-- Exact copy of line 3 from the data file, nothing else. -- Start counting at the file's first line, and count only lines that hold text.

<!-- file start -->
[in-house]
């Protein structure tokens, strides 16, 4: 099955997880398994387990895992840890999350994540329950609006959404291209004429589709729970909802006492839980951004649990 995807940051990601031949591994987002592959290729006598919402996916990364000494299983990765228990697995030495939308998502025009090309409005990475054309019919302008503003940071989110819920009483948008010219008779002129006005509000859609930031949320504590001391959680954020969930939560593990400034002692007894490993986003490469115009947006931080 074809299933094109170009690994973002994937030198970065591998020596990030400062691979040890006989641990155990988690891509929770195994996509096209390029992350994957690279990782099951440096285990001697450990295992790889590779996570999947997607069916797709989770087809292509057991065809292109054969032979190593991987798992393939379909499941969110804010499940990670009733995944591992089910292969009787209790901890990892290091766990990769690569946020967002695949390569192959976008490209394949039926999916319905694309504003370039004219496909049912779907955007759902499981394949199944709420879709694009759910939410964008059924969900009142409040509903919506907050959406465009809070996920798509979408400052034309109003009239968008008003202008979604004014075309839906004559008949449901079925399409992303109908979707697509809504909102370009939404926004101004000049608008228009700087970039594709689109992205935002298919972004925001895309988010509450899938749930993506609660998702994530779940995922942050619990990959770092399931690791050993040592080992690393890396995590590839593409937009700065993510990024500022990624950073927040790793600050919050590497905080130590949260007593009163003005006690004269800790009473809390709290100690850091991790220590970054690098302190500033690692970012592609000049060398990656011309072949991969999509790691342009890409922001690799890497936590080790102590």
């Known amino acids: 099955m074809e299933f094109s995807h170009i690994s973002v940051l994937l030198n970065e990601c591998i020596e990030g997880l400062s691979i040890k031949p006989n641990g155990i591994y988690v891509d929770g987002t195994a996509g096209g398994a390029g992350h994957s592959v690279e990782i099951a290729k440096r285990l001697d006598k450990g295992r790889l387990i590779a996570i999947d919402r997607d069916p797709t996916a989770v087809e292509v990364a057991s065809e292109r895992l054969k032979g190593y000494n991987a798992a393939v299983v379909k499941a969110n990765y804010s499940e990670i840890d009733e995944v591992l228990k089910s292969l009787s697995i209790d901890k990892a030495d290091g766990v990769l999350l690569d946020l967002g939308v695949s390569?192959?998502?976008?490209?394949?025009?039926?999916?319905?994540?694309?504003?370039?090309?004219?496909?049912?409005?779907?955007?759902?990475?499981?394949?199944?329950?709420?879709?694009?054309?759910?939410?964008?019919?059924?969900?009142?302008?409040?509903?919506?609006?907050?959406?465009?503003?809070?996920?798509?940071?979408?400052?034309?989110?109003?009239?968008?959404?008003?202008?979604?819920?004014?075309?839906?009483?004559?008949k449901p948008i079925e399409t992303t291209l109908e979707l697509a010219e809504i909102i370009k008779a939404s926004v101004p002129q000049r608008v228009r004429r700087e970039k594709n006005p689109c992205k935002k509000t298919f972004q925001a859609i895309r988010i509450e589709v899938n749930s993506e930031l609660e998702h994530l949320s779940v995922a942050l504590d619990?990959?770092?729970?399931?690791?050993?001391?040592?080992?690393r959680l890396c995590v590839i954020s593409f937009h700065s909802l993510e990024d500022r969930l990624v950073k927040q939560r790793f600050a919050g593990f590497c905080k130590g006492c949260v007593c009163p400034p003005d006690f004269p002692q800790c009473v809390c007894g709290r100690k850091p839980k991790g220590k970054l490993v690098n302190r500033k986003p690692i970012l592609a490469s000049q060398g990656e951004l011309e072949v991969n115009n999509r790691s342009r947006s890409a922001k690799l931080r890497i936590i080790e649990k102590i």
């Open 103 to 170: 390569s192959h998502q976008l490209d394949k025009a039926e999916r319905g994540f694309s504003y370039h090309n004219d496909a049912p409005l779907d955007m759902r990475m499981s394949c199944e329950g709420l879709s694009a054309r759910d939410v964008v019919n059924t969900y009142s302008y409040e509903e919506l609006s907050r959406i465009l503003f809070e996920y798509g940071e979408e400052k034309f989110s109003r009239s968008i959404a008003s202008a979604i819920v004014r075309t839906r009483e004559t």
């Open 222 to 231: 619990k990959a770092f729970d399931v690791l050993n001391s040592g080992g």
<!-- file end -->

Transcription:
């Known amino acids: 099955m074809e299933f094109s995807h170009i690994s973002v940051l994937l030198n970065e990601c591998i020596e990030g997880l400062s691979i040890k031949p006989n641990g155990i591994y988690v891509d929770g987002t195994a996509g096209g398994a390029g992350h994957s592959v690279e990782i099951a290729k440096r285990l001697d006598k450990g295992r790889l387990i590779a996570i999947d919402r997607d069916p797709t996916a989770v087809e292509v990364a057991s065809e292109r895992l054969k032979g190593y000494n991987a798992a393939v299983v379909k499941a969110n990765y804010s499940e990670i840890d009733e995944v591992l228990k089910s292969l009787s697995i209790d901890k990892a030495d290091g766990v990769l999350l690569d946020l967002g939308v695949s390569?192959?998502?976008?490209?394949?025009?039926?999916?319905?994540?694309?504003?370039?090309?004219?496909?049912?409005?779907?955007?759902?990475?499981?394949?199944?329950?709420?879709?694009?054309?759910?939410?964008?019919?059924?969900?009142?302008?409040?509903?919506?609006?907050?959406?465009?503003?809070?996920?798509?940071?979408?400052?034309?989110?109003?009239?968008?959404?008003?202008?979604?819920?004014?075309?839906?009483?004559?008949k449901p948008i079925e399409t992303t291209l109908e979707l697509a010219e809504i909102i370009k008779a939404s926004v101004p002129q000049r608008v228009r004429r700087e970039k594709n006005p689109c992205k935002k509000t298919f972004q925001a859609i895309r988010i509450e589709v899938n749930s993506e930031l609660e998702h994530l949320s779940v995922a942050l504590d619990?990959?770092?729970?399931?690791?050993?001391?040592?080992?690393r959680l890396c995590v590839i954020s593409f937009h700065s909802l993510e990024d500022r969930l990624v950073k927040q939560r790793f600050a919050g593990f590497c905080k130590g006492c949260v007593c009163p400034p003005d006690f004269p002692q800790c009473v809390c007894g709290r100690k850091p839980k991790g220590k970054l490993v690098n302190r500033k986003p690692i970012l592609a490469s000049q060398g990656e951004l011309e072949v991969n115009n999509r790691s342009r947006s890409a922001k690799l931080r890497i936590i080790e649990k102590i």